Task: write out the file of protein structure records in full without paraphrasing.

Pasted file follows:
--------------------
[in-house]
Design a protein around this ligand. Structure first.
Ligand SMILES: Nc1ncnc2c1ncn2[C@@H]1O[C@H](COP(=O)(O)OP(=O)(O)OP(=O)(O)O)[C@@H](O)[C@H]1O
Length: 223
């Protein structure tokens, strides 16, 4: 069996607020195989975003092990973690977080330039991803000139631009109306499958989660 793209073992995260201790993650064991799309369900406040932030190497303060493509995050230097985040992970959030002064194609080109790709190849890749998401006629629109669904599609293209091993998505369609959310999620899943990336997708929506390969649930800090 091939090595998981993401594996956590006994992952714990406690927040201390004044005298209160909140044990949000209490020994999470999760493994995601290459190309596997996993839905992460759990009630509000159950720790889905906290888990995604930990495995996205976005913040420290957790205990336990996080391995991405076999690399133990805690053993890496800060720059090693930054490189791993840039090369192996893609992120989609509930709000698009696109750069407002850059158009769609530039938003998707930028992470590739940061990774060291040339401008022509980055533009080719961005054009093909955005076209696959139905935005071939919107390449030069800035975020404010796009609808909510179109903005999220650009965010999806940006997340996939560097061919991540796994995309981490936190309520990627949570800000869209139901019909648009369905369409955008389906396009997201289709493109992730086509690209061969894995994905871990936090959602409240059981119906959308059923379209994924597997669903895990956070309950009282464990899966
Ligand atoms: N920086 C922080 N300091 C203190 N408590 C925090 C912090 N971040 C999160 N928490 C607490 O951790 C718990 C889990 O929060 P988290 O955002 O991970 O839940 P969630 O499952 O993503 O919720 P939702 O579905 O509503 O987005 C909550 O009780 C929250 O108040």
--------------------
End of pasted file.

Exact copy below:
[in-house]
Design a protein around this ligand. Structure first.
Ligand SMILES: Nc1ncnc2c1ncn2[C@@H]1O[C@H](COP(=O)(O)OP(=O)(O)OP(=O)(O)O)[C@@H](O)[C@H]1O
Length: 223
């Protein structure tokens, strides 16, 4: 069996607020195989975003092990973690977080330039991803000139631009109306499958989660 793209073992995260201790993650064991799309369900406040932030190497303060493509995050230097985040992970959030002064194609080109790709190849890749998401006629629109669904599609293209091993998505369609959310999620899943990336997708929506390969649930800090 091939090595998981993401594996956590006994992952714990406690927040201390004044005298209160909140044990949000209490020994999470999760493994995601290459190309596997996993839905992460759990009630509000159950720790889905906290888990995604930990495995996205976005913040420290957790205990336990996080391995991405076999690399133990805690053993890496800060720059090693930054490189791993840039090369192996893609992120989609509930709000698009696109750069407002850059158009769609530039938003998707930028992470590739940061990774060291040339401008022509980055533009080719961005054009093909955005076209696959139905935005071939919107390449030069800035975020404010796009609808909510179109903005999220650009965010999806940006997340996939560097061919991540796994995309981490936190309520990627949570800000869209139901019909648009369905369409955008389906396009997201289709493109992730086509690209061969894995994905871990936090959602409240059981119906959308059923379209994924597997669903895990956070309950009282464990899966
Ligand atoms: N920086 C922080 N300091 C203190 N408590 C925090 C912090 N971040 C999160 N928490 C607490 O951790 C718990 C889990 O929060 P988290 O955002 O991970 O839940 P969630 O499952 O993503 O919720 P939702 O579905 O509503 O987005 C909550 O009780 C929250 O108040």